Impacts of Distance Learning on Immigrant-Origin Students, Particularly English Learners, Underscore Need for Greater Focus on Digital Equity
WASHINGTON — Though most schools across the United States have resumed in-person instruction, it is important to share the lessons learned and promising practices resulting from the shift to distance learning that occurred early during in the COVID-19 pandemic and later after the arrival of the Delta variant. The public health crisis and sudden move to virtual classes exposed the longstanding digital divide in terms of students‘ access to computers, high-speed internet and digital skills training.
A new report from the Migration Policy Institute’s Human Services Initiative traces the negative impacts of the digital divide and other barriers to learning for immigrant-origin students from low-income households, including higher rates of absenteeism and disenrollment. Drawing from interviews with educators, refugee resettlement agency staff, community leaders and library and information technology personnel in six states, the report identifies promising practices for increasing digital access and literacy among children ages 15-17 who are immigrants or have at least one immigrant parent. The states studied were Arizona, California, Georgia, Maryland, Tennessee, Texas and Utah.
Lack of access to reliable internet was the biggest reported challenge for many immigrant-origin students in the shift to remote learning, with about 40 percent of schools lacking a distance learning plan before or during the pandemic. Even as some schools issued hotspots, slow internet speeds, data caps and connectivity dead zones hampered learning. Learning management systems, which permitted students to move from one virtual classroom to another and to communicate with teachers and classmates, also proved problematic for English Learners (ELs), in particular those with limited digital literacy. Schools that fared better in the transition to remote learning had laptop programs for students in place before the pandemic, and offered material and social supports, the report found.
The report makes a series of recommendations for ways the federal government, school systems, refugee resettlement programs and other immigrant-serving organizations can increase access to digital tools and literacy—often at little to no cost. Among them:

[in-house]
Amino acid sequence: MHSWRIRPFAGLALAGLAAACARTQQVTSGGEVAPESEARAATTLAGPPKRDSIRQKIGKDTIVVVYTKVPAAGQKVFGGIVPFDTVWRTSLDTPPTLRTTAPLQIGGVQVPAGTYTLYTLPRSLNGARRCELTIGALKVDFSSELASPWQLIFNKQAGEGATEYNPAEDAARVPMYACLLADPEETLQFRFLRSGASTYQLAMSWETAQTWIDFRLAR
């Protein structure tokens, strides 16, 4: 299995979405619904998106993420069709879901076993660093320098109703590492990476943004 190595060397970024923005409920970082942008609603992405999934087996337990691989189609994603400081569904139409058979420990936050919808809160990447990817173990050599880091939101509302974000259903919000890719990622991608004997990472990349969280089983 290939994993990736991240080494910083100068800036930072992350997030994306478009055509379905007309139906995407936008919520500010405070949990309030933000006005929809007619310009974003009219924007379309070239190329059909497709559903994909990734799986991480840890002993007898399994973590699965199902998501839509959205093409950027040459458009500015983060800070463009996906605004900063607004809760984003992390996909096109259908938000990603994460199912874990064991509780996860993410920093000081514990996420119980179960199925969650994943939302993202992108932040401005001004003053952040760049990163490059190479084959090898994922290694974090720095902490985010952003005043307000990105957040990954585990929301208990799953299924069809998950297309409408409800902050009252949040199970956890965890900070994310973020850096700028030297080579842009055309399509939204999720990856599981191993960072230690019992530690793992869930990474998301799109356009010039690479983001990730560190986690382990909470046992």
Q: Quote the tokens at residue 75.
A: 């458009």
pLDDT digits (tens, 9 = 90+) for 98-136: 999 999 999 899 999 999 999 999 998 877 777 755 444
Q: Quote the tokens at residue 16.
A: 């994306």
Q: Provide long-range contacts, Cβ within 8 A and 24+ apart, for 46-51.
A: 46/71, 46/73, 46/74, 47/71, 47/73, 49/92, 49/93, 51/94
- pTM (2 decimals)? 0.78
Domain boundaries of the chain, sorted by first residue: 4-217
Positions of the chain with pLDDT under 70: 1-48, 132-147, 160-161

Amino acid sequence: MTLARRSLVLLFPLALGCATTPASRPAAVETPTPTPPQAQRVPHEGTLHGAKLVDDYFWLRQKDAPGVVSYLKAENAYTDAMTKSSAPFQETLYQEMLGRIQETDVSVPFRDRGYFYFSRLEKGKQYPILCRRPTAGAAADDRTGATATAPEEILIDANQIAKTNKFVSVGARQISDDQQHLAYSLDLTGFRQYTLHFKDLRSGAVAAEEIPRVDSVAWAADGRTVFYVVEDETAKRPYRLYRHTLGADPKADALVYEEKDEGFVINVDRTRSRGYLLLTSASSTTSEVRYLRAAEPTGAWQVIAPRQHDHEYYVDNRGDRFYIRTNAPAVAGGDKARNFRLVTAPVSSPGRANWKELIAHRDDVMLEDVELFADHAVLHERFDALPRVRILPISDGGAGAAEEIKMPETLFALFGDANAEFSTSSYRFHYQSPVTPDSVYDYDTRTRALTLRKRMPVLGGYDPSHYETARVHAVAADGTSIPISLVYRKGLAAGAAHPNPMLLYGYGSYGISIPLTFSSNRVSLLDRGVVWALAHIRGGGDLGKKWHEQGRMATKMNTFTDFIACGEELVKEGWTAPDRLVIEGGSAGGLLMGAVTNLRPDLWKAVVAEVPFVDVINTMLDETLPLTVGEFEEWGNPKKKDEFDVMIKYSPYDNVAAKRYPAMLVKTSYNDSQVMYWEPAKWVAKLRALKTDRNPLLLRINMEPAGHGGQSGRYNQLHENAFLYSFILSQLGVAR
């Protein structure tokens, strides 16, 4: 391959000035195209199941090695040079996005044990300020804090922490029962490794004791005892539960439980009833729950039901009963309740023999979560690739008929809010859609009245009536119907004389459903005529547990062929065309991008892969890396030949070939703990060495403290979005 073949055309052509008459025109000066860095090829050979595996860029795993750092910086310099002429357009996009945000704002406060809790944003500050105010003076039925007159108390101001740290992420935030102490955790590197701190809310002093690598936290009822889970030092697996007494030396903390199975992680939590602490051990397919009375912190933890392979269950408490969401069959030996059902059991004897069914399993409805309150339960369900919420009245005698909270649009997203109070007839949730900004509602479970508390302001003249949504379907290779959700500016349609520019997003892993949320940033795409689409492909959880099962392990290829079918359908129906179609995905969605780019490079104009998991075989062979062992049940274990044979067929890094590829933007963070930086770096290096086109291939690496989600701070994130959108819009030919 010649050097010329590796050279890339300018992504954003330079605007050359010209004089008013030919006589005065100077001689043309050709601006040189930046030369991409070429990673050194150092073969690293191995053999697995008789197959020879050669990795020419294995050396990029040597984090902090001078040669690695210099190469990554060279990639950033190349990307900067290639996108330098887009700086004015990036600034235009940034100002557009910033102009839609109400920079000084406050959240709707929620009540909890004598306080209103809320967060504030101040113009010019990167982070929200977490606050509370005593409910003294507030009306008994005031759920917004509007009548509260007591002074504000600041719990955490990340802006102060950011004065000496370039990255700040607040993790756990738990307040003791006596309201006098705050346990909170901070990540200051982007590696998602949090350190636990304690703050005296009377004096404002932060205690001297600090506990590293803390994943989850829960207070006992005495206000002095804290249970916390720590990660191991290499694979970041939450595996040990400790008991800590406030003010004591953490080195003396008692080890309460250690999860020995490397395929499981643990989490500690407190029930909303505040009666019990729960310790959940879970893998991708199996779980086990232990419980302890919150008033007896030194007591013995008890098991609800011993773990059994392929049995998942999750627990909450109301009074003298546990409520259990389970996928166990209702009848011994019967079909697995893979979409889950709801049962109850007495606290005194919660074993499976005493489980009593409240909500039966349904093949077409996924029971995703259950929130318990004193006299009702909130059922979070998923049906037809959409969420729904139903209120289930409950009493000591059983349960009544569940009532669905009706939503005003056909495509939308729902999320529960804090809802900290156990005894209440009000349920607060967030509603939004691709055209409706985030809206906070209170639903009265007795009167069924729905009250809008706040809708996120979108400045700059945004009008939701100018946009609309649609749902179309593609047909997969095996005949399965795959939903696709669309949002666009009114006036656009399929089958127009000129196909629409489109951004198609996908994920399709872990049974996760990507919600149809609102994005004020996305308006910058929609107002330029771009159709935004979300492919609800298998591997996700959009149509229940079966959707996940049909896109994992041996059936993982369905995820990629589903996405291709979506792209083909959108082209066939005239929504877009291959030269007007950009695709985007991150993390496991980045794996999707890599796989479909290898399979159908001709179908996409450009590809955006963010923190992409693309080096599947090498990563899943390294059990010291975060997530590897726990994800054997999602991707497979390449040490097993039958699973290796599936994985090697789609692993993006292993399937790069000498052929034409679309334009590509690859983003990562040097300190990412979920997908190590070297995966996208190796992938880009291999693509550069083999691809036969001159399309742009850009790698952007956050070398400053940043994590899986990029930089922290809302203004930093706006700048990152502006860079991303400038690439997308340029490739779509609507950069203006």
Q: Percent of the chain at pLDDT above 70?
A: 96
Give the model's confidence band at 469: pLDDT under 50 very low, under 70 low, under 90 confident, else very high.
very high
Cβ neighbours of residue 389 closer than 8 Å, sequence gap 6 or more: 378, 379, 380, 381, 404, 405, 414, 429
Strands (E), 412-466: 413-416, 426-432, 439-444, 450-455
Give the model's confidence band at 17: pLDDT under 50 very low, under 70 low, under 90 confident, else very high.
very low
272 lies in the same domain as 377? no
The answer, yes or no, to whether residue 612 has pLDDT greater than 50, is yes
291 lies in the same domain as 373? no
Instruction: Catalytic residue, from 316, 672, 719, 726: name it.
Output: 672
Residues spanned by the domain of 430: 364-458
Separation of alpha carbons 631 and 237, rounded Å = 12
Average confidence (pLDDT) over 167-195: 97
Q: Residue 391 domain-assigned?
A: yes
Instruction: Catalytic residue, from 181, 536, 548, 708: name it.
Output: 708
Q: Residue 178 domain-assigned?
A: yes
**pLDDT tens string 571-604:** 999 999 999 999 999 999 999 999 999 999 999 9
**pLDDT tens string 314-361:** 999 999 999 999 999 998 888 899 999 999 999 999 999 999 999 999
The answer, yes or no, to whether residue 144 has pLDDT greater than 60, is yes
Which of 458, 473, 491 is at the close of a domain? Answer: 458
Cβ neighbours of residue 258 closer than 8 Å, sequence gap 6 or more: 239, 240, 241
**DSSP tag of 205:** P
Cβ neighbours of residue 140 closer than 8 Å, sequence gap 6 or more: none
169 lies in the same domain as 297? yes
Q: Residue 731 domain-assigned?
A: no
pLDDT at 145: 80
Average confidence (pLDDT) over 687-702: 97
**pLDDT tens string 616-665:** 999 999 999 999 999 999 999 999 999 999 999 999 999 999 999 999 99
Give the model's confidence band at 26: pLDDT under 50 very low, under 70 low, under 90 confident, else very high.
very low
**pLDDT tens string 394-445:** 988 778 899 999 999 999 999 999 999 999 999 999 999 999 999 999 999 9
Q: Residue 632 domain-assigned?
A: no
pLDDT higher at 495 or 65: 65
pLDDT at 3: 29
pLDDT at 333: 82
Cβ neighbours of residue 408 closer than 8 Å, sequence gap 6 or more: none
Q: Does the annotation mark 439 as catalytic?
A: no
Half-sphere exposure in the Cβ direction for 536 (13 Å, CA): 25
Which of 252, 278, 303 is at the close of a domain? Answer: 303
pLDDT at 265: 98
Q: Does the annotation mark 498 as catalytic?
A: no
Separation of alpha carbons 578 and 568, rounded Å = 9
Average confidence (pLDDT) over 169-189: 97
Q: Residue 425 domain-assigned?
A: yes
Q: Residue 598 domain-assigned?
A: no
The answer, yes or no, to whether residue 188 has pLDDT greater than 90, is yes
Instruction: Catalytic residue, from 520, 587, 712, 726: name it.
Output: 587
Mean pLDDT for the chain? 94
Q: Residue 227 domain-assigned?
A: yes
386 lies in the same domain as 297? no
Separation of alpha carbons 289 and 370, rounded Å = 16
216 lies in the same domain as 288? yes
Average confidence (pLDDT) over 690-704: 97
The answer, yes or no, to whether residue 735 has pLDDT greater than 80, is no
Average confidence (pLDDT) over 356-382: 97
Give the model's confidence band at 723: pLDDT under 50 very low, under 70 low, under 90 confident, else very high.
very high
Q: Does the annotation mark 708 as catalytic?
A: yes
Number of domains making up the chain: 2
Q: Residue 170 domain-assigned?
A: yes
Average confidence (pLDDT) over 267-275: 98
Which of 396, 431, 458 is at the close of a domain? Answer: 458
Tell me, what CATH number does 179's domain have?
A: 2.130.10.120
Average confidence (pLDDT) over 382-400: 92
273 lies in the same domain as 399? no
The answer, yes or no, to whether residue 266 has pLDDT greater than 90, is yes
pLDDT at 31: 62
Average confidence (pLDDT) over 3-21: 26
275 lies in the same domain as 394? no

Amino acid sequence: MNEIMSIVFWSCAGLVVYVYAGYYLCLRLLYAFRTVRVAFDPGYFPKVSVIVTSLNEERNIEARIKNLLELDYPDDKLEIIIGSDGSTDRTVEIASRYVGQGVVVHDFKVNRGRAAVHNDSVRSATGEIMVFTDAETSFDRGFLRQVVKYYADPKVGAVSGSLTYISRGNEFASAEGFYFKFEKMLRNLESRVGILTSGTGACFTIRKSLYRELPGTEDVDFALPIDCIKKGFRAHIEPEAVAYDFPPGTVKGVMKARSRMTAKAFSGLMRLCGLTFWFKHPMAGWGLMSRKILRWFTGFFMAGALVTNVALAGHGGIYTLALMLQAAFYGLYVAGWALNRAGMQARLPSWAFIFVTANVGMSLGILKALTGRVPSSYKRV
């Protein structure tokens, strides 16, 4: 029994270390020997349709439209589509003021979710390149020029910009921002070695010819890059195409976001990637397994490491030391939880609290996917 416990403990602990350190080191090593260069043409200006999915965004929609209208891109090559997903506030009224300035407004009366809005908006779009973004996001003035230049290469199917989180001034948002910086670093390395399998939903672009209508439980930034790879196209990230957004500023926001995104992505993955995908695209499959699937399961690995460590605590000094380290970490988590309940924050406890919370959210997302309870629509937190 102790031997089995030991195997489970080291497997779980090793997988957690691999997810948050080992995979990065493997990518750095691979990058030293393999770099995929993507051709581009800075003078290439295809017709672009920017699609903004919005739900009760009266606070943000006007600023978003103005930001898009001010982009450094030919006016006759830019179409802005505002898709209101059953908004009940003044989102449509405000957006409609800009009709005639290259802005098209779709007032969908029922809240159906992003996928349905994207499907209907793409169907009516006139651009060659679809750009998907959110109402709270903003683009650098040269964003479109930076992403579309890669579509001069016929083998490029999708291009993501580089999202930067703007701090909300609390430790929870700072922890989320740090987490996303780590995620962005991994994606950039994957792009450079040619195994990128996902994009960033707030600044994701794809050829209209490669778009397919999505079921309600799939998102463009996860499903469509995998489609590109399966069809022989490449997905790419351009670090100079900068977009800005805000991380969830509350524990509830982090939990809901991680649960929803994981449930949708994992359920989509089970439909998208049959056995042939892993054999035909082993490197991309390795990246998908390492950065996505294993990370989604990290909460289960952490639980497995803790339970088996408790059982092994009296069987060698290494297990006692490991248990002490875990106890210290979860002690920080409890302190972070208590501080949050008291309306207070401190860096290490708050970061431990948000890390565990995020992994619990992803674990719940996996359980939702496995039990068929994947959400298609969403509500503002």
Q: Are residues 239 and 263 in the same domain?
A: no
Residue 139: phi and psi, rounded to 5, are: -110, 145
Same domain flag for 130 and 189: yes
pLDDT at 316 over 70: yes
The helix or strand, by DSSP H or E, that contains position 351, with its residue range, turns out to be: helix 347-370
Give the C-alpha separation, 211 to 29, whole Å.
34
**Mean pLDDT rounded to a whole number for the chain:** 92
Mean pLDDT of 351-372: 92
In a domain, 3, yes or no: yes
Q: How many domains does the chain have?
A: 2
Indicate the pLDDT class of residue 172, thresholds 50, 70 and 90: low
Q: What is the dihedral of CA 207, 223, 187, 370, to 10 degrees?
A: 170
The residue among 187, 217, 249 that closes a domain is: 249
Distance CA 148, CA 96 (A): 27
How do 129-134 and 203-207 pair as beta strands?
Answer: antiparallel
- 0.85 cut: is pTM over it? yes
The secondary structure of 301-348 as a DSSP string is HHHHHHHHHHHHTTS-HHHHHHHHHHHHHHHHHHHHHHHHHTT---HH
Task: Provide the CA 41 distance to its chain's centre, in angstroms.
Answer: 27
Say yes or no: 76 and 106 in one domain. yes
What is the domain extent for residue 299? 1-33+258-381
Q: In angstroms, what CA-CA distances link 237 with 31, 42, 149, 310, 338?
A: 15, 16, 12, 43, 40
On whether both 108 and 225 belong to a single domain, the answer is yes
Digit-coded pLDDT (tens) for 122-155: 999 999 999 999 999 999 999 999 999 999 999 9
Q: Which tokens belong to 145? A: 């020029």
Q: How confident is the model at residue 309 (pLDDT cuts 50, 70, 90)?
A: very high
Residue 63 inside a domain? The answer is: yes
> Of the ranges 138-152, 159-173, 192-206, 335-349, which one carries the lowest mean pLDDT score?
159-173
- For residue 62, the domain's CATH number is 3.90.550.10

- The Federal Communications Commission should consider incentivizing or requiring internet service providers to offer discounted plans with unlimited data and faster broadband speeds to low-income households.
- The U.S. Department of Health and Human Services’ Office of Refugee Resettlement should develop a digital inclusion program to increase access to and adoption of digital tools in refugee communities, including funding digital navigators and a technical assistance provider.
- Local school districts and schools should assess students’ digital skills and provide basic digital skills orientation to some or all students, including immigrant-origin ones.
- Refugee- and immigrant-serving organizations should partner with local libraries to provide immigrant-origin youth with access to computers, broadband internet and digital skills training.
- State refugee coordinators and state offices of new Americans should engage their respective governor’s office or other state and local government officials to ensure that immigrants’ needs are reflected in state or local digital equity plans.
“Discussions of immigrant integration policies often center on education and employment. But such discourse is incomplete without a focus on increasing digital equity,” the authors write. “Policymakers and practitioners can take steps to help immigrant families gain better access to digital tools and training by leveraging lessons learned and innovations from periods of remote learning during the pandemic. Doing so is essential for both advancing immigrant integration and modernizing the policy and service frameworks that undergird them.”
The report, Advancing Digital Equity Among Immigrant-Origin Youth, can be read here: www.migrationpolicy.org/research/digital-equity-immigrant-origin-youth.
And for more work from MPI’s Human Services Initiative, visit: www.migrationpolicy.org/programs/human-services-initiative.